Below are key changes and clarification of scope/expectations related to derivatives and trading activities:
- The expectation that a dealer firm provides information on inter-affiliate trade compression strategies applies only when a dealer firm expects to rely upon such compression strategies to execute its preferred strategy.
- The final guidance allows a dealer firm to assume that inter-affiliate transactions may be unwound at lower costs than transactions with external counterparties as long as the firm provides adequate support.
- The final guidance confirms the definition of the term “material derivatives entities” and expected to incorporate capital and liquidity neds associated with derivatives activities into its Resolution Capital Execution Need (RCEN) and Resolution Liquidity Execution Need (RLEN) estimates with respect to its material entities.
- In forecasting capital and liquidity resource needs, a dealer firm may choose not to model operational costs associated with executing its derivatives at the level of each specific derivatives activity, though it must develop those cost estimates at a granular level than simply the activity taking place at the material entity as a whole.
- In connection with the requirement that a dealer firm maintains booking practices commensurate with the size, scope, and complexity of its derivatives portfolios, firms may identify “linked” non-derivatives trading positions in a manner that appropriately reflects their overall business and resolution strategy.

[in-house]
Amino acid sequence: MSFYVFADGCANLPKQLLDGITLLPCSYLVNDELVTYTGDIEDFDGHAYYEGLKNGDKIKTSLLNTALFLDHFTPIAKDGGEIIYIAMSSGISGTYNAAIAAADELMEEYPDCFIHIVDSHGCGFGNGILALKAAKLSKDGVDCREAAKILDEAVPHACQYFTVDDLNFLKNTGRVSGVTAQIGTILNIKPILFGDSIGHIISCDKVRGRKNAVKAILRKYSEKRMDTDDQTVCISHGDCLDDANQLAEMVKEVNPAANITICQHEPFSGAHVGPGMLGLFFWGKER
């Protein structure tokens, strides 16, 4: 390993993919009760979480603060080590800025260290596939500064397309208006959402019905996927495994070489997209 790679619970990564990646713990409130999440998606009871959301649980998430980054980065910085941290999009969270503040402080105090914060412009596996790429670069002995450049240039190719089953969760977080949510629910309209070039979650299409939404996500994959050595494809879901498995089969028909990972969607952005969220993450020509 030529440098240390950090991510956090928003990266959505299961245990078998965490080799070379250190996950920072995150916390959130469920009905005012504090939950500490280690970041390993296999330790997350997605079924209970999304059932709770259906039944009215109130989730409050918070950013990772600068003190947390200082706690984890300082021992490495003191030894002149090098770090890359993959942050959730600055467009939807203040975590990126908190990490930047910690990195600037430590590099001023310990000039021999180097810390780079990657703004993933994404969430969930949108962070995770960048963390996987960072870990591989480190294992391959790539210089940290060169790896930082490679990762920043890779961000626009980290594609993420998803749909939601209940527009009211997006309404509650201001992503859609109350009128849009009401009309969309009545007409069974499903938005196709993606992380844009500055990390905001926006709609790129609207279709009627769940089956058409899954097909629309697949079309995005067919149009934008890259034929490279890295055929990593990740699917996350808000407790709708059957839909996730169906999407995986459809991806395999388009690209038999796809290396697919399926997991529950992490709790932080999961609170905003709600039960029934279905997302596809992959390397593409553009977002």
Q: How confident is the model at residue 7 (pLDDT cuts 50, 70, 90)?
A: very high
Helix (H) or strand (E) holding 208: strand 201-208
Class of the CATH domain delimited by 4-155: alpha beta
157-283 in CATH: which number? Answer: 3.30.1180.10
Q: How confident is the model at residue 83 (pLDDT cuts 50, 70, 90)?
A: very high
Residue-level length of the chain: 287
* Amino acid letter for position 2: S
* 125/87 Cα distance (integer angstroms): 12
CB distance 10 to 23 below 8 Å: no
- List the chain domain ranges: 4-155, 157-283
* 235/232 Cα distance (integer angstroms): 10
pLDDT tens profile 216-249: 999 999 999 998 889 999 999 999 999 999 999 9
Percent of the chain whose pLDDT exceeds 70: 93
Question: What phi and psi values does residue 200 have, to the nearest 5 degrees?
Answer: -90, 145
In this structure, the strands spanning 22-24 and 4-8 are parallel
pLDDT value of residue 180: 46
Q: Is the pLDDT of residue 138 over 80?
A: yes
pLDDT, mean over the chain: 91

- There were no changes to language around preventative controls despite industry feedback.
- The agencies expect a dealer firm to assume that counterparties will exercise any contractual termination rights if exercising that right would economically benefit the counterparty and need to conduct such additional sensitivity analysis around the baseline assumption.
- The final guidance expects a dealer firm to include the derivatives portfolios of both material and non-material entities in its potential residual portfolio analysis.
QFC stay rule implementation
The final guidance sets a new expectation that plans submitted prior to the final initial applicability date of the qualified financial contracts (QFC) stay rules (prior to January 1, 2020, which will include the next round of G-SIBs plans required to be submitted on July 1, 2019) should reflect how the early termination of QFCs could impact the firm’s resolution in light of the current state of its QFC compliance with the requirements of the QFC stay rules.
US G-SIBs will be expected to maintain and demonstrate the capability to populate a data room with information that would facilitate buyer due diligence with respect to a potential divestiture in a timely manner. This replaces the prior requirement that G-SIBs annually update and maintain active data from for each of the G-SIB’s respective divestiture options.
Structure of 2019 resolution plan
Each resolution plan should include:
- An executive summary;